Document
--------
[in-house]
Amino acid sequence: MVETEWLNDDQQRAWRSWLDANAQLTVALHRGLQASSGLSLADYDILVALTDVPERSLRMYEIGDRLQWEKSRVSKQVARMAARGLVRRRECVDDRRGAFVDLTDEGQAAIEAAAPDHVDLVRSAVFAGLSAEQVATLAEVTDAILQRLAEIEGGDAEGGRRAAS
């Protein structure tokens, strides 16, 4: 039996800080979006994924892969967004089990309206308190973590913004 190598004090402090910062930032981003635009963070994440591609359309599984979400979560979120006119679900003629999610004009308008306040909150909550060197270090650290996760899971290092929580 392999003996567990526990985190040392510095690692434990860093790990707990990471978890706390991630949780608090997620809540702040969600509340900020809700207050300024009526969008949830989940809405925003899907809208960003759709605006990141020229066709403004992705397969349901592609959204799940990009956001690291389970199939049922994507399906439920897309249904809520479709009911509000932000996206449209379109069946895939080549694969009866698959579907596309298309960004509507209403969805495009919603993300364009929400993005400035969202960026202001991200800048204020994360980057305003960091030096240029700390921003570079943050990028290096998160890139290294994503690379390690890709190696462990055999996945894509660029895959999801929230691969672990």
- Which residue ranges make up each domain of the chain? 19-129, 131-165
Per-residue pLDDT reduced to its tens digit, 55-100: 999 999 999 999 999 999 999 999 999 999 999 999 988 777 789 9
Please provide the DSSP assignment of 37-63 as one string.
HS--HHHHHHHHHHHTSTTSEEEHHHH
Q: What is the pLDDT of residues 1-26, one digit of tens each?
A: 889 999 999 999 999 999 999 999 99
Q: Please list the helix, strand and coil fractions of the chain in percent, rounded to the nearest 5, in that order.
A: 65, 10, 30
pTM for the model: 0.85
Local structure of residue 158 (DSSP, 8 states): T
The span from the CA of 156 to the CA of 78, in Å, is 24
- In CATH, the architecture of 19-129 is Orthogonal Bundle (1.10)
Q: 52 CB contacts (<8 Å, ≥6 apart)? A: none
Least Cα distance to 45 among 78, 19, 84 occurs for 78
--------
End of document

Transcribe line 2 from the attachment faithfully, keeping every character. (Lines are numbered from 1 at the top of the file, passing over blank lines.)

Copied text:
Amino acid sequence: MVETEWLNDDQQRAWRSWLDANAQLTVALHRGLQASSGLSLADYDILVALTDVPERSLRMYEIGDRLQWEKSRVSKQVARMAARGLVRRRECVDDRRGAFVDLTDEGQAAIEAAAPDHVDLVRSAVFAGLSAEQVATLAEVTDAILQRLAEIEGGDAEGGRRAAS